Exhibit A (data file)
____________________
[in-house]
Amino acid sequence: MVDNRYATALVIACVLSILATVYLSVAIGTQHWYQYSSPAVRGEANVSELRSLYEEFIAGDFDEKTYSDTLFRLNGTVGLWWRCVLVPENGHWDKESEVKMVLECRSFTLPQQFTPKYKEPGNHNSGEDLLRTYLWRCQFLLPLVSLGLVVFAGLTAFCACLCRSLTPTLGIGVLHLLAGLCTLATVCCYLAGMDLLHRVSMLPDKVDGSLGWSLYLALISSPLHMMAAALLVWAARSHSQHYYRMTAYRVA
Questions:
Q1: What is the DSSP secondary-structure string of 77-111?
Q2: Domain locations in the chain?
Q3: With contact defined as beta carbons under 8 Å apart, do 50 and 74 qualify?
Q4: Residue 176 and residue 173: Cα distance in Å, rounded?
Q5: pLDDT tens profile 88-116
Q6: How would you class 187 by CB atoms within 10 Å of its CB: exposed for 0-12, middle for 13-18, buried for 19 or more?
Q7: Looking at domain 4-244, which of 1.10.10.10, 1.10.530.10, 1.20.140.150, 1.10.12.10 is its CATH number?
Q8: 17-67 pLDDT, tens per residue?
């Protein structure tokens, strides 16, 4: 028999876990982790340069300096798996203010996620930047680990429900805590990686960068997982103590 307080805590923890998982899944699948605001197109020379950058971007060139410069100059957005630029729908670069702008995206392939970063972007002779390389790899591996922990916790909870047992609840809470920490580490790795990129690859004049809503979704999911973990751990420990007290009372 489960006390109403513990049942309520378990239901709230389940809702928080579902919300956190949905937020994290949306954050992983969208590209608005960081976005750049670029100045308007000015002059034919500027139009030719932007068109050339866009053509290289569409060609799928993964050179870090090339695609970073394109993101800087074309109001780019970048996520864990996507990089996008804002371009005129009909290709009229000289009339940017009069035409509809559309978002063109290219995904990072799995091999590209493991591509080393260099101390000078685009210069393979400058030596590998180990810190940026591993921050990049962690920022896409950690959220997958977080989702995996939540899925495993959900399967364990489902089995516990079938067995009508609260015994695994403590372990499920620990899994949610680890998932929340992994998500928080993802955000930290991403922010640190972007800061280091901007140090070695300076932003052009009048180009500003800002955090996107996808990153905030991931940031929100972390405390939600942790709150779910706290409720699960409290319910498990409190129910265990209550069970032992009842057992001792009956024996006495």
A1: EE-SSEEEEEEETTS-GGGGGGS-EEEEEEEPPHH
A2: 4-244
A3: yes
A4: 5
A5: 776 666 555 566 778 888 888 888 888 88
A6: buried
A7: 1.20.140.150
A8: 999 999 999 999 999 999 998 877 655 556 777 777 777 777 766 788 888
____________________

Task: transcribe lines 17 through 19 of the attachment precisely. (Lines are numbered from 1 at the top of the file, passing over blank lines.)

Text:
A5: 776 666 555 566 778 888 888 888 888 88
A6: buried
A7: 1.20.140.150